Régina José Galindo & Abelino Chub CaalRíos de gente, performance view, festival Libertad para el Agua, Guatemala, 2021. Produce by Maíz de Vida.
Photo: Juan Esteban Calderón, courtesy of the artist

From Water

Ileana L. Selejan
There is not yet one person, one animal, bird, fish, crab, tree, rock, hollow, canyon, meadow, or forest. All alone the sky exists. The face of the earth has not yet appeared. Alone lies the expanse of the sea, along with the womb of all the sky. 
— Popol Vuh6 6 - Allen J. Christenson, trans., Popol Vuh: The Sacred Book of the Maya People (Norman, OK: University of Oklahoma Press, 2007).

A view of Lake Atitlán flanked by volcanoes. In the foreground, submerged tree trunks, bleached by the sun, jut out of the water. The artist enters the frame, carrying bright-yellow textiles stacked upon his shoulders. He begins carefully interweaving the fabric among the tree trunks, turning them into a type of support. For the next five minutes or so, we watch a series of repetitive actions and movements as layers of red, white, and black fabric are added, or woven, into the scenery, as the title of the work, Tejiendo el paisaje (Weaving the Landscape) (2020), indicates. The gestures evoke those of weavers laying out their threads, outlining their patterns, as they prepare to work. The sculptural presence of the piece, the materiality of the textiles and wood, is further emphasized — monumentalized, even — by the vastness of the surrounding landscape. Indeed, it is not just these immediately intervened-upon elements that constitute the installation. Water — through its reflective, fluid surface — amplifies it.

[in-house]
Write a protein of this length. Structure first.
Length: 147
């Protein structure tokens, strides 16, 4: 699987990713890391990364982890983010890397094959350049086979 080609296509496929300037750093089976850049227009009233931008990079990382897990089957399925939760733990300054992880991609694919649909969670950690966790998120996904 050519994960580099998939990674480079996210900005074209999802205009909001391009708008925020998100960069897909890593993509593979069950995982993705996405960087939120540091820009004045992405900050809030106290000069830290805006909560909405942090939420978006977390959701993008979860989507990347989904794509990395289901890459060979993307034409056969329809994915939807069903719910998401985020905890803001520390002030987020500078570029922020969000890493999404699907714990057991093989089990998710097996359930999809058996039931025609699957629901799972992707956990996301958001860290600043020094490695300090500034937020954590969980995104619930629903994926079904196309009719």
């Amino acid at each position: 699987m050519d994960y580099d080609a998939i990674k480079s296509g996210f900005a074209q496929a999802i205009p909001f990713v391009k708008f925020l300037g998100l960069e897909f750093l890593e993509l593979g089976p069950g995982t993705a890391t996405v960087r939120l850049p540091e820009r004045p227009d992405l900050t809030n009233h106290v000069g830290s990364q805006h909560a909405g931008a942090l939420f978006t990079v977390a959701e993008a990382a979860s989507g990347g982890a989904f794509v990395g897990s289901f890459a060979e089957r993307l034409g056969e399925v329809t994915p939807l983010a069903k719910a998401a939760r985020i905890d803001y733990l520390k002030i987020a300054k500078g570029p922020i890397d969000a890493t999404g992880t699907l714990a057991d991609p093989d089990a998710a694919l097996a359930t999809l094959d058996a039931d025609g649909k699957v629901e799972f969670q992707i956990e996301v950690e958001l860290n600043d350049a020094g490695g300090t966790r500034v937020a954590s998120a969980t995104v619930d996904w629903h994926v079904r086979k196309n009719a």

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This article also appears in the issue 109 - Water

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